Teaching Students to Be Multimedia Storytellers
6.29.11 | We wanted to point Spotlight readers to a new, powerful collection on the National Writing Project’s Digital Is website. Reading and Writing Transmedia is curated by Laura Fleming, a library media specialist in River Edge, N.J., who blogs regularly about the connection between transmedia and education.
One of our earlier stories, “The Future of Reading and Writing is Collaborative,” explains how digital texts combine images, words and sounds. Transmedia storytelling takes this even further: multi-layered stories are told and built upon across multiple media platforms, often by many participants.
Fleming says today’s reading and writing instruction must include teaching students to be collaborative storytellers. In an introductory post on her own blog, she quotes game designer Alex Fleetwood, who says today’s young writers should have an understanding of platforms, collaboration and writing for interaction.
Digital Is (http://digitalis.nwp.org/) is designed as a community for educators (both in school and out) to create and disseminate resources on teaching, writing and new media literacies.
A companion site to the book “Because Digital Writing Matters,” the site features resource collections curated by members of the NWP teacher network and submitted by community members.
And if you haven’t yet visited, this new collection is great reason to check it out.
Reading and Writing Transmedia includes a video of Henry Jenkins talking about his idea of participatory culture, which we’ve written about a great deal on Spotlight. Jenkins may have coined the term transmedia storytelling and his ideas about all of us taking more active roles, as “readers and writers, listeners and speakers, viewers and producers of media” are important in understanding why this collection is so valuable.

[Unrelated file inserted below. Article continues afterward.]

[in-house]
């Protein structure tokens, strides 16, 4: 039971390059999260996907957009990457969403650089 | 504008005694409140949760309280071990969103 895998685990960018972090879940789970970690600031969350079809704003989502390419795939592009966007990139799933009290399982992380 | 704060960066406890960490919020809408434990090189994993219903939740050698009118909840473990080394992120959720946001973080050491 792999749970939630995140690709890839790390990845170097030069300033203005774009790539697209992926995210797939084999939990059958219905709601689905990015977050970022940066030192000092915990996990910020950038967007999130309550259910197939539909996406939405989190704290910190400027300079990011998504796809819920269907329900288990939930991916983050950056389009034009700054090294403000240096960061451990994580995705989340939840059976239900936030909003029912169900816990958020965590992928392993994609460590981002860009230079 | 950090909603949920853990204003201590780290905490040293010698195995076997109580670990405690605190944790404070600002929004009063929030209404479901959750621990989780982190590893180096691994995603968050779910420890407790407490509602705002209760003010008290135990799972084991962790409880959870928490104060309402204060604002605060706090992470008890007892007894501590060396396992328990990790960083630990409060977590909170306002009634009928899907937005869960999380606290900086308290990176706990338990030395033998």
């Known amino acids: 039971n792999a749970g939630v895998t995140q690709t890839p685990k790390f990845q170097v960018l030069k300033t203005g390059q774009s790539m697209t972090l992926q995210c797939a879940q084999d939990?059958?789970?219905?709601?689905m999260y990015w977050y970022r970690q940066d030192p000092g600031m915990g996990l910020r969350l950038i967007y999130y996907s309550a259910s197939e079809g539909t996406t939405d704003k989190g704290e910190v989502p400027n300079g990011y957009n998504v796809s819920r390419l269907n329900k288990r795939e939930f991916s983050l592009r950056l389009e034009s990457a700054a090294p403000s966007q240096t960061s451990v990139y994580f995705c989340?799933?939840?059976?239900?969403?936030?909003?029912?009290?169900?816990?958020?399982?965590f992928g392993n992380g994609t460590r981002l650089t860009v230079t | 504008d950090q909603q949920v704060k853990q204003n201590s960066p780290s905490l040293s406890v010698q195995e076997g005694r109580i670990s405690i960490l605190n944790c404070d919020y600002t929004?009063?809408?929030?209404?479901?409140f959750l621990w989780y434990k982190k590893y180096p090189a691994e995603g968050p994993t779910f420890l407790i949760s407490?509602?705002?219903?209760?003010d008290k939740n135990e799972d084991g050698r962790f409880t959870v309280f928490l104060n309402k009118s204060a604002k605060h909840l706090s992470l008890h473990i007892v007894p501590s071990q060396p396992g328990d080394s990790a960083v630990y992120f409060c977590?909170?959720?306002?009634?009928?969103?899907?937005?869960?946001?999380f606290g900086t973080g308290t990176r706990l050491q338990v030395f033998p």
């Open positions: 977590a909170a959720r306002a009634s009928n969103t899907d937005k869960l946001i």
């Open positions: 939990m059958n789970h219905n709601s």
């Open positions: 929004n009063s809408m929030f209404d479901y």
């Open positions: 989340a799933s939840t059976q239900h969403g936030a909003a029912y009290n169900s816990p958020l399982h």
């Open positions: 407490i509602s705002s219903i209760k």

Fleming also highlights “Inanimate Alice,” a multimedia book written by Kate Pullinger and published by the BradField Company. The book uses text, sound, images and games to tell the story of Alice and her imaginary digital friend, Brad.
But most exciting is Flemings’ resource section, Teacher Created Transmedia Experiences, where she builds on the idea of use remixing in the classroom. [See “Remixing as a Classroom Strategy” for more background.]
Fleming describes her own project with fifth graders using the book “Weslandia” by Paul Fleischman. She provides resources on how to remix existing materials into transmedia stories about the main character, Wesley.
Together we read the story Weslandia, and explored places in which we could extend the narrative. Not surprisingly, students wanted to create a Facebook page for Wesley. They felt that seeing who his friends were, what his interests were, and by reading his status updates, we would have a deeper understanding into Wesley as a character and how being an outsider made him feel. Students also expressed interest in examining Wesley’s struggle with fitting in and what events may have occurred before Weslandia that shaped Wesley into the boy that he is.
Fleming describes how the activity extended into music, physical education, journal entries and “participatory improv.”
“An emotional connection to a narrative,” she says, “will bring the content to life in the minds and imaginations of learners.”
View the entire collection at Digital Is.
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